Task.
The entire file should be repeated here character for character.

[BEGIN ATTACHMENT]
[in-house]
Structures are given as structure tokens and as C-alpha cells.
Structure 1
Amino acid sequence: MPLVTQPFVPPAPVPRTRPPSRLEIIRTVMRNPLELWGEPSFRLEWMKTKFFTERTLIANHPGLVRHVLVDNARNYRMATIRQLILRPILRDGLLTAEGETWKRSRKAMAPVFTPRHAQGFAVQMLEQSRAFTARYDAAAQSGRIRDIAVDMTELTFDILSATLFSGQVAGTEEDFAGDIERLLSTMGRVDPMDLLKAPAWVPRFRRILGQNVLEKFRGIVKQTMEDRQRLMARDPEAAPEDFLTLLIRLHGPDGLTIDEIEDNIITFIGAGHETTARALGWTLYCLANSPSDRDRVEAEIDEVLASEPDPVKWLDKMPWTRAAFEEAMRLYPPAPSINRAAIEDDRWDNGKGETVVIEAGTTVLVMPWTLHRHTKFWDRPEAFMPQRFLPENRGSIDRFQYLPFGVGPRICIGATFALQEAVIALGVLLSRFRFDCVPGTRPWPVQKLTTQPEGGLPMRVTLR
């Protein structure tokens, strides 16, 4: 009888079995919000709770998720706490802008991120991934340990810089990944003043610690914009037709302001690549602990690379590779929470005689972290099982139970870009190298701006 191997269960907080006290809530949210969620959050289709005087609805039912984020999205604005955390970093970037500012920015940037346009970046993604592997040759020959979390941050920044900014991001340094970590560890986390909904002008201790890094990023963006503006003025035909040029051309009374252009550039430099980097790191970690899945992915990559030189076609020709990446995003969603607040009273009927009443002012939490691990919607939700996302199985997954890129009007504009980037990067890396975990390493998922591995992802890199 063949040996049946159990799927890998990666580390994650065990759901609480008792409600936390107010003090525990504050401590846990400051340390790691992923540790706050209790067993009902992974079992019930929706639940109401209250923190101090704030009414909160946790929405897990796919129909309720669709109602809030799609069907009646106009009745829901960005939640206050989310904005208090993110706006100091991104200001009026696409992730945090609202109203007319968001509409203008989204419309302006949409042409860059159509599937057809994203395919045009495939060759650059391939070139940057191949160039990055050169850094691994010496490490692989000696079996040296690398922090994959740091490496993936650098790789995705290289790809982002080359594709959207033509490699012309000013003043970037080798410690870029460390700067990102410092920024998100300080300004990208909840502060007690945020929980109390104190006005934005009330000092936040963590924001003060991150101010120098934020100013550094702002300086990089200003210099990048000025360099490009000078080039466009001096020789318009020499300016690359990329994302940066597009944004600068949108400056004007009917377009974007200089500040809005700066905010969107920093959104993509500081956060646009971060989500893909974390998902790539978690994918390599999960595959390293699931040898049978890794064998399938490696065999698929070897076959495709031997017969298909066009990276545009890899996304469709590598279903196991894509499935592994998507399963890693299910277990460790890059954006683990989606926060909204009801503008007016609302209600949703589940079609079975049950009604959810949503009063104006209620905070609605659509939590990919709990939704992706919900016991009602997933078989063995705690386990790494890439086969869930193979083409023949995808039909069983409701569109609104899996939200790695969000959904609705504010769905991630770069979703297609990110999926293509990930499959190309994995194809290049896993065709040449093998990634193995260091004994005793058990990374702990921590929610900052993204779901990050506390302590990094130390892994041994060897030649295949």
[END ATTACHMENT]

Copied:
[in-house]
Structures are given as structure tokens and as C-alpha cells.
Structure 1
Amino acid sequence: MPLVTQPFVPPAPVPRTRPPSRLEIIRTVMRNPLELWGEPSFRLEWMKTKFFTERTLIANHPGLVRHVLVDNARNYRMATIRQLILRPILRDGLLTAEGETWKRSRKAMAPVFTPRHAQGFAVQMLEQSRAFTARYDAAAQSGRIRDIAVDMTELTFDILSATLFSGQVAGTEEDFAGDIERLLSTMGRVDPMDLLKAPAWVPRFRRILGQNVLEKFRGIVKQTMEDRQRLMARDPEAAPEDFLTLLIRLHGPDGLTIDEIEDNIITFIGAGHETTARALGWTLYCLANSPSDRDRVEAEIDEVLASEPDPVKWLDKMPWTRAAFEEAMRLYPPAPSINRAAIEDDRWDNGKGETVVIEAGTTVLVMPWTLHRHTKFWDRPEAFMPQRFLPENRGSIDRFQYLPFGVGPRICIGATFALQEAVIALGVLLSRFRFDCVPGTRPWPVQKLTTQPEGGLPMRVTLR
């Protein structure tokens, strides 16, 4: 009888079995919000709770998720706490802008991120991934340990810089990944003043610690914009037709302001690549602990690379590779929470005689972290099982139970870009190298701006 191997269960907080006290809530949210969620959050289709005087609805039912984020999205604005955390970093970037500012920015940037346009970046993604592997040759020959979390941050920044900014991001340094970590560890986390909904002008201790890094990023963006503006003025035909040029051309009374252009550039430099980097790191970690899945992915990559030189076609020709990446995003969603607040009273009927009443002012939490691990919607939700996302199985997954890129009007504009980037990067890396975990390493998922591995992802890199 063949040996049946159990799927890998990666580390994650065990759901609480008792409600936390107010003090525990504050401590846990400051340390790691992923540790706050209790067993009902992974079992019930929706639940109401209250923190101090704030009414909160946790929405897990796919129909309720669709109602809030799609069907009646106009009745829901960005939640206050989310904005208090993110706006100091991104200001009026696409992730945090609202109203007319968001509409203008989204419309302006949409042409860059159509599937057809994203395919045009495939060759650059391939070139940057191949160039990055050169850094691994010496490490692989000696079996040296690398922090994959740091490496993936650098790789995705290289790809982002080359594709959207033509490699012309000013003043970037080798410690870029460390700067990102410092920024998100300080300004990208909840502060007690945020929980109390104190006005934005009330000092936040963590924001003060991150101010120098934020100013550094702002300086990089200003210099990048000025360099490009000078080039466009001096020789318009020499300016690359990329994302940066597009944004600068949108400056004007009917377009974007200089500040809005700066905010969107920093959104993509500081956060646009971060989500893909974390998902790539978690994918390599999960595959390293699931040898049978890794064998399938490696065999698929070897076959495709031997017969298909066009990276545009890899996304469709590598279903196991894509499935592994998507399963890693299910277990460790890059954006683990989606926060909204009801503008007016609302209600949703589940079609079975049950009604959810949503009063104006209620905070609605659509939590990919709990939704992706919900016991009602997933078989063995705690386990790494890439086969869930193979083409023949995808039909069983409701569109609104899996939200790695969000959904609705504010769905991630770069979703297609990110999926293509990930499959190309994995194809290049896993065709040449093998990634193995260091004994005793058990990374702990921590929610900052993204779901990050506390302590990094130390892994041994060897030649295949």